Beyond “First World Problems”
My job as a therapist is to hear about pain, so it always strikes me as odd when people apologize for talking about theirs. At least daily I hear, “I feel bad complaining. A lot of people have it worse.” As if we have no right to our own pain if others have more or a different kind of it.
The phrases “I should be thankful” and “first world problems” are mirages of gratitude and compassion. They glitter and look deep from afar, but when you move towards them, you find just another stretch of the desert you’ve been trying to escape. Counter-intuitively, true gratitude and compassion are discovered in the ground underneath your own pain, fear, and sadness.
What often gets dismissed with the phrase “First world problems” is actually complaining as a defense. We complain about uniquely American “inconveniences,” like a long line at Starbucks or a crashed computer, because the complaining distracts us from what really hurts. The Starbucks line thwarts our attempts at getting something warm and enlivening into us. An object-relations therapist might ask, What warm, comforting, energizing force is really missing? What is this person actually seeking? We don’t, after all, complain about waiting in line after a morning of good sex or rest or play.
Similarly, we’ll rage at a crashed computer because it disrupts our frantic work-pace. If we are working ourselves ragged, neglecting our bodies or relationships, then five minutes of down time brings our self-neglect a little too close to our awareness. In the moment of silence before the machine restarts, we have two options: To feel the terror of having built a life that is not one we truly love, or to start complaining.
Let’s have some compassion on ourselves when we choose the latter option. Of course we want to avoid deep pain. Everyone does. And we Americans have a lot of ways to do it. But when we dismiss our complaining with the catch-all phrase “First world problems,” we stay stuck in limbo between grief and gratitude, compassion and criticism.
Discovering and articulating our own pain does not detract from others. Pain is not a currency that gets divvied up then spent. You don’t have to save your complaining for “real” pain, nor are you robbing someone else of their pain if you have your own.
This is not to say timing doesn’t matter. A common problem in conversations about race, for example, is that they quickly become conversations about other forms of discrimination, with the end result that victims of racism never actually get their pain heard. If you’re in conversation with someone else about their pain and your own comes up, just gently bookmark the place where you found yours, and come back to it when you have some space.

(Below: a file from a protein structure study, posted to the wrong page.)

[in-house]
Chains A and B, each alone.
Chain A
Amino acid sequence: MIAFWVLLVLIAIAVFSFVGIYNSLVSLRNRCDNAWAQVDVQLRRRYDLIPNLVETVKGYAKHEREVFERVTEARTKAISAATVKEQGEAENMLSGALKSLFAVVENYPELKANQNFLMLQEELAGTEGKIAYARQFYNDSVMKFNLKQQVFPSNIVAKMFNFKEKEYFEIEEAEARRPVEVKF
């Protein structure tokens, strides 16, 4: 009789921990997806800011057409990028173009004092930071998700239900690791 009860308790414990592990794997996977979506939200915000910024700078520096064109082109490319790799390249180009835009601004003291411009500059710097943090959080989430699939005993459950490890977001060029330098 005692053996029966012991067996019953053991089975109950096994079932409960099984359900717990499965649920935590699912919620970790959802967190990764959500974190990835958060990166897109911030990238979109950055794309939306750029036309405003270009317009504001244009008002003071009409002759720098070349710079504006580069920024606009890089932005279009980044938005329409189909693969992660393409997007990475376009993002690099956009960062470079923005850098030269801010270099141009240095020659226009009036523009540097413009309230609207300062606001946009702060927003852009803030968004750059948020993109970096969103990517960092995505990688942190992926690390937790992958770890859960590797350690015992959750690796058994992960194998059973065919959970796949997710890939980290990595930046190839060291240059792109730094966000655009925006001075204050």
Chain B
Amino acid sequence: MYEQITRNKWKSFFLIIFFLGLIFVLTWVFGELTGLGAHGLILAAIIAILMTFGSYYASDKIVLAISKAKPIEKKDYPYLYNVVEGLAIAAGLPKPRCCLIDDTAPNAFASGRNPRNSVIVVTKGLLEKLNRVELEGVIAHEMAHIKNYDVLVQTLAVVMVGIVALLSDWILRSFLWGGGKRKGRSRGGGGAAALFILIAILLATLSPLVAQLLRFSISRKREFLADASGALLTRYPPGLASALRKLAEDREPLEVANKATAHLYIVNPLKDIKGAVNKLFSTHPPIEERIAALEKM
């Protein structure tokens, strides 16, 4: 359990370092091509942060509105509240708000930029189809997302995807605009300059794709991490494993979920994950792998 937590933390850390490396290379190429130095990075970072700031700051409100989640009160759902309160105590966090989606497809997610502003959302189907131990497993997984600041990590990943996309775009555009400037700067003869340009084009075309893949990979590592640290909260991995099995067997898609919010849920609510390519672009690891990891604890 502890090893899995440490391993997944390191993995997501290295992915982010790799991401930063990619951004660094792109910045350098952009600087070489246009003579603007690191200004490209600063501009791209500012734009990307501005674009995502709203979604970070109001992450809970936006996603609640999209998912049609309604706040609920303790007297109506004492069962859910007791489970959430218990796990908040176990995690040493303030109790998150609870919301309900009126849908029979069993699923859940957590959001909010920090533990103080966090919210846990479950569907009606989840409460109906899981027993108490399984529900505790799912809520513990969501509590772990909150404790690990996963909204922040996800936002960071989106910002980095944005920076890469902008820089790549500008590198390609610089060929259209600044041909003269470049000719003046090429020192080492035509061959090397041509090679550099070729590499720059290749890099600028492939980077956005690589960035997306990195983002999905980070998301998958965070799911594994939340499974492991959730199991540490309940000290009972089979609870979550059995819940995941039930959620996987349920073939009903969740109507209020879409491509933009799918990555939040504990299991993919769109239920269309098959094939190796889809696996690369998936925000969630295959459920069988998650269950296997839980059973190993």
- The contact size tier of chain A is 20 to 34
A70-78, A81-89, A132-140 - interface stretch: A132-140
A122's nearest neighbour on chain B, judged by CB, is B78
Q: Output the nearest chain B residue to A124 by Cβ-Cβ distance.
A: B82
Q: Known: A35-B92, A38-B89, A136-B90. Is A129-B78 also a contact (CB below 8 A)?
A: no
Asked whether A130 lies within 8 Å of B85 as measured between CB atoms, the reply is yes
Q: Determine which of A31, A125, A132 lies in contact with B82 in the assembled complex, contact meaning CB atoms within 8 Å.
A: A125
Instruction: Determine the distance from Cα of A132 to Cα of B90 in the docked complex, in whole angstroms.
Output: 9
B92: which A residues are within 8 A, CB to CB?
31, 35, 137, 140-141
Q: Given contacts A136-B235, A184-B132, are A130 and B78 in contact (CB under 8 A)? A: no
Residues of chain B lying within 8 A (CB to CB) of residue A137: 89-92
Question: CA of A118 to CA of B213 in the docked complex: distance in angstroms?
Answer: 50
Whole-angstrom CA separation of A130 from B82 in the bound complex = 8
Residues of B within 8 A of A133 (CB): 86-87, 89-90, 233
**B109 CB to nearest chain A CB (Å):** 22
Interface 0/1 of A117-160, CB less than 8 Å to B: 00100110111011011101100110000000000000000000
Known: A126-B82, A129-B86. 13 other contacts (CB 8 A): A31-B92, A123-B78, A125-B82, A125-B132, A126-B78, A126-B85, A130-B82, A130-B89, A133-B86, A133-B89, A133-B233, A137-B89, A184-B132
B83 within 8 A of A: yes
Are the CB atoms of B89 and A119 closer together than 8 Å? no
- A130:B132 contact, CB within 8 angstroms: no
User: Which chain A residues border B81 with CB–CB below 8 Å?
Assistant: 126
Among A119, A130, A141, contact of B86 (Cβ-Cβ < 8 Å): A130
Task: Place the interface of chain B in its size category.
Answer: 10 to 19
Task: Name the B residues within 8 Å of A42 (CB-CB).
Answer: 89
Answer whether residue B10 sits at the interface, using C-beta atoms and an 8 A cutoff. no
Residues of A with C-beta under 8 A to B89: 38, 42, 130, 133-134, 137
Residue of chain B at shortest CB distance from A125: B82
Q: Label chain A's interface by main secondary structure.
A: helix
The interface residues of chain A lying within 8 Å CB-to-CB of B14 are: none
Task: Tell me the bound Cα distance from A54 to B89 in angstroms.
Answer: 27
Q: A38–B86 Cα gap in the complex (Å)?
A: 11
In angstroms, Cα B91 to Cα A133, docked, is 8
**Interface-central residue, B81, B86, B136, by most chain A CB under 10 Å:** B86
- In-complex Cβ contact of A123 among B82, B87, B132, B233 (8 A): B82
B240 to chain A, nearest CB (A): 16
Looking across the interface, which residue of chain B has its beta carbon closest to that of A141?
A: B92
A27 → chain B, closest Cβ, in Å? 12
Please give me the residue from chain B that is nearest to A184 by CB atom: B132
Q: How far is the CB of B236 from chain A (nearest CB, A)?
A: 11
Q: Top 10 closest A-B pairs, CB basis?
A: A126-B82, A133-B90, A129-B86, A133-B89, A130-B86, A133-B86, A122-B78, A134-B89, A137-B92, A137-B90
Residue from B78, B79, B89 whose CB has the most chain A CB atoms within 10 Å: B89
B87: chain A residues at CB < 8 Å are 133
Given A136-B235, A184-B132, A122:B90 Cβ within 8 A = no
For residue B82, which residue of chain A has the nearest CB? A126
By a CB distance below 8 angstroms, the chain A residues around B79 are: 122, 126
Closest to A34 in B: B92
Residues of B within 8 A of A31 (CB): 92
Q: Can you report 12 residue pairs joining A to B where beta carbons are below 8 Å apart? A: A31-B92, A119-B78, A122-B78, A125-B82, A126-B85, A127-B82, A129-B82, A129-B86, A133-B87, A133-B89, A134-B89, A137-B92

Gratitude, the real thing and not the mirage, bursts uncontrollably from the places where we have tended to our own unique sources of pain. Today I am grateful for the expression on the face of my therapist last week. It was patient and kind. In my past I’ve gotten harsh judgement where I needed kindness and curiosity. A few years ago, when I started articulating just how devastating that judgment has been in my life, I started recognizing and being able to take in its opposite.
When we know what we’re missing and what we need, we become more attuned to all of our needs, including the ones that are regularly met. When I am too busy, scared, and confused to identify my deep pain, I usually stop paying attention to the many blessings in my life. I mindlessly consume food, barely tasting it. I snap at the person who loves me most. When I start naming those deep scary truths— suddenly I notice not only what is missing, but what is there, and what has been there all along. I become vibrantly grateful for good meals, sleep, my warm and safe home. I actually hear and take in Jack’s words of love. I notice my therapist’s kind face.
Then, because I am attuned to all my needs, met and unmet, I can actually contemplate, without getting paralyzed by guilt, what life might be like for others in this world, with their own sets of joys and pains and needs.
Maybe I’m unique in this, but I doubt it. When we take our pain seriously, we can grieve it. When we grieve, we soften enough to give to ourselves, and take in from others, what we deeply need. And and on the heels of our self-care, without any conjuring or effort from us, comes real compassion for others and deep, soul-quenching gratitude.